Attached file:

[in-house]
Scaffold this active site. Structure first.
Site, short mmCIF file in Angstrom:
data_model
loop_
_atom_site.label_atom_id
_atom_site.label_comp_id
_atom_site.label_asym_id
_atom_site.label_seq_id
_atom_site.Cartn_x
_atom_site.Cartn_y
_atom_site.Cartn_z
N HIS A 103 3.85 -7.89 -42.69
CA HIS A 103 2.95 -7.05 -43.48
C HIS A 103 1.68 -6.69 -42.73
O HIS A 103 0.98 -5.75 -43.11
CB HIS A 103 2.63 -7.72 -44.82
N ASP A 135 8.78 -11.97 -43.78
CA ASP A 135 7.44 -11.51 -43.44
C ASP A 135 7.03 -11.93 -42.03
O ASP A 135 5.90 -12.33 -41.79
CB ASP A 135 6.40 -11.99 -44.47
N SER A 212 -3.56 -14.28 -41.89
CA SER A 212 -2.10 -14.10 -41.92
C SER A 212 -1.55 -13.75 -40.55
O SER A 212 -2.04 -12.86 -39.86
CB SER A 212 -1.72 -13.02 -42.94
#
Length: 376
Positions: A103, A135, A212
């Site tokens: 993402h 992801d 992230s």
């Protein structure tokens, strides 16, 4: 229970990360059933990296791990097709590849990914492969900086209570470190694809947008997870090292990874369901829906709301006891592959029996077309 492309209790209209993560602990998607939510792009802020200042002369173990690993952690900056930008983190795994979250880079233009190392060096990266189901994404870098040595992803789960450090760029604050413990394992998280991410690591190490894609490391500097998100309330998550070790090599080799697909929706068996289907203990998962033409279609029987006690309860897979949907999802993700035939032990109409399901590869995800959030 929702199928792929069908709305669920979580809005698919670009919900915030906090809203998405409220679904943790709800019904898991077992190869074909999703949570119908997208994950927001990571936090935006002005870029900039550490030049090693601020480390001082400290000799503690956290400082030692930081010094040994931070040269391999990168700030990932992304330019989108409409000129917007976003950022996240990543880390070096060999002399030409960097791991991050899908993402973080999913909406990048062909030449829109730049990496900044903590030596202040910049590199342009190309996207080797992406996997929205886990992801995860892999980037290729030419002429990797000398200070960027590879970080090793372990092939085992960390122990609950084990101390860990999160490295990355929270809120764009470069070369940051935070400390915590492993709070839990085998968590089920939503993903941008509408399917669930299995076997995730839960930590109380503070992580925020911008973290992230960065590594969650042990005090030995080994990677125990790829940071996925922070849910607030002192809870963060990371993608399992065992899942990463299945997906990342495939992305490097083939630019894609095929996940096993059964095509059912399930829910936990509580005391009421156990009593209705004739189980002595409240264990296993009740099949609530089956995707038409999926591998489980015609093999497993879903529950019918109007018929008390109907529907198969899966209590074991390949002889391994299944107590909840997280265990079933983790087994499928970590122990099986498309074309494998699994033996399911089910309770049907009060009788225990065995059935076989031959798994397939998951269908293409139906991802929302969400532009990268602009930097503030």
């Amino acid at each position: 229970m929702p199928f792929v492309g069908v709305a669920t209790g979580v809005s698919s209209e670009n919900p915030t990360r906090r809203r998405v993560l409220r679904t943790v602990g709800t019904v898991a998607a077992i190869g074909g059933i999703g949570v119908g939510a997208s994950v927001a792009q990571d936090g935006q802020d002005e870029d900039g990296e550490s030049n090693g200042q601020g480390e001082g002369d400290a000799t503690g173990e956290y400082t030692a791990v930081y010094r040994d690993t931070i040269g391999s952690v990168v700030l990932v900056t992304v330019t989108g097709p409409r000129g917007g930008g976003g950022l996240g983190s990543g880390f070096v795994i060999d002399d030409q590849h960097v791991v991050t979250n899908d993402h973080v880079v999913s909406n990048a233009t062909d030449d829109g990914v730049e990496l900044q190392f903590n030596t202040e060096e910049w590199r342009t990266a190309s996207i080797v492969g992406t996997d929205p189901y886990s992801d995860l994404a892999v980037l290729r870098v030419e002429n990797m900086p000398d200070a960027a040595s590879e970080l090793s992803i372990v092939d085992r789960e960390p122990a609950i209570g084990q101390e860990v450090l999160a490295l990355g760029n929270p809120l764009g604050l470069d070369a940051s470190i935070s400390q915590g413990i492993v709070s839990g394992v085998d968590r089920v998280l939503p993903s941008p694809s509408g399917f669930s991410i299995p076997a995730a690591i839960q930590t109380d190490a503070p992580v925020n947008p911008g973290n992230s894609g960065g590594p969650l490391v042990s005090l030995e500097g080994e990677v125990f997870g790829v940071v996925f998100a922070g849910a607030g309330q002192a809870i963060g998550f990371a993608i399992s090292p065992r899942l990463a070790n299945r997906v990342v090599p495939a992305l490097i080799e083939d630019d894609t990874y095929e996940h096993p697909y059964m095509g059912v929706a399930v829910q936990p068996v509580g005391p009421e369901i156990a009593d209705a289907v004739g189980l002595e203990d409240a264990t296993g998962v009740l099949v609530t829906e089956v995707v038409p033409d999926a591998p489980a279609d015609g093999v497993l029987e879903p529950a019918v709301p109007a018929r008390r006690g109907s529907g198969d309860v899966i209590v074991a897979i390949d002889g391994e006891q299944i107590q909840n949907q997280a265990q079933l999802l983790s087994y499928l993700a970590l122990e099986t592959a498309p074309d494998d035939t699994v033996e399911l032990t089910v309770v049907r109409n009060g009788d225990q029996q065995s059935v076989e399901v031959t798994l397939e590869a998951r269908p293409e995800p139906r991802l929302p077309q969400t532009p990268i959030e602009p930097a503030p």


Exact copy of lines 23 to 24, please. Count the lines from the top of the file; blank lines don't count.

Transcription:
N SER A 212 -3.56 -14.28 -41.89
CA SER A 212 -2.10 -14.10 -41.92